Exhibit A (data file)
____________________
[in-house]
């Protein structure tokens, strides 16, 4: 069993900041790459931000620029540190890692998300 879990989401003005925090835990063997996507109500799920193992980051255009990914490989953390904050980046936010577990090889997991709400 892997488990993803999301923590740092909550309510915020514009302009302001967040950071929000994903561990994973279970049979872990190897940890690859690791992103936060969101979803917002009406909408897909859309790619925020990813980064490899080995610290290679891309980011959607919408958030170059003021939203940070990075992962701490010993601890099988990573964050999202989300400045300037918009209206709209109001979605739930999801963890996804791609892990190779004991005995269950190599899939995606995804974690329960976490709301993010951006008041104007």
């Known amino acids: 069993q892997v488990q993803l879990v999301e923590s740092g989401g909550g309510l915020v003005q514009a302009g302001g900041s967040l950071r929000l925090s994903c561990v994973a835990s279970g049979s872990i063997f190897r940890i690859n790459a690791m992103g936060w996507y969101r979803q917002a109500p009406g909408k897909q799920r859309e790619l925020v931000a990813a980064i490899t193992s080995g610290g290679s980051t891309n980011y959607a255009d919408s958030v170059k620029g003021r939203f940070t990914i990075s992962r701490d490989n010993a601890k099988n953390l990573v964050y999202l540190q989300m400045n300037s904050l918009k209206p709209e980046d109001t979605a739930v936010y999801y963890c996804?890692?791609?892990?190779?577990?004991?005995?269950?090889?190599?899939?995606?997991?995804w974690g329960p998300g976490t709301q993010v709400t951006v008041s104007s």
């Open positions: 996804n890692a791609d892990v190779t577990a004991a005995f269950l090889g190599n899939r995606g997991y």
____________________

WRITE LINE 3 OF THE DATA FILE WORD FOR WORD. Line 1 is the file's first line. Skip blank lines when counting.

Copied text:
């Known amino acids: 069993q892997v488990q993803l879990v999301e923590s740092g989401g909550g309510l915020v003005q514009a302009g302001g900041s967040l950071r929000l925090s994903c561990v994973a835990s279970g049979s872990i063997f190897r940890i690859n790459a690791m992103g936060w996507y969101r979803q917002a109500p009406g909408k897909q799920r859309e790619l925020v931000a990813a980064i490899t193992s080995g610290g290679s980051t891309n980011y959607a255009d919408s958030v170059k620029g003021r939203f940070t990914i990075s992962r701490d490989n010993a601890k099988n953390l990573v964050y999202l540190q989300m400045n300037s904050l918009k209206p709209e980046d109001t979605a739930v936010y999801y963890c996804?890692?791609?892990?190779?577990?004991?005995?269950?090889?190599?899939?995606?997991?995804w974690g329960p998300g976490t709301q993010v709400t951006v008041s104007s």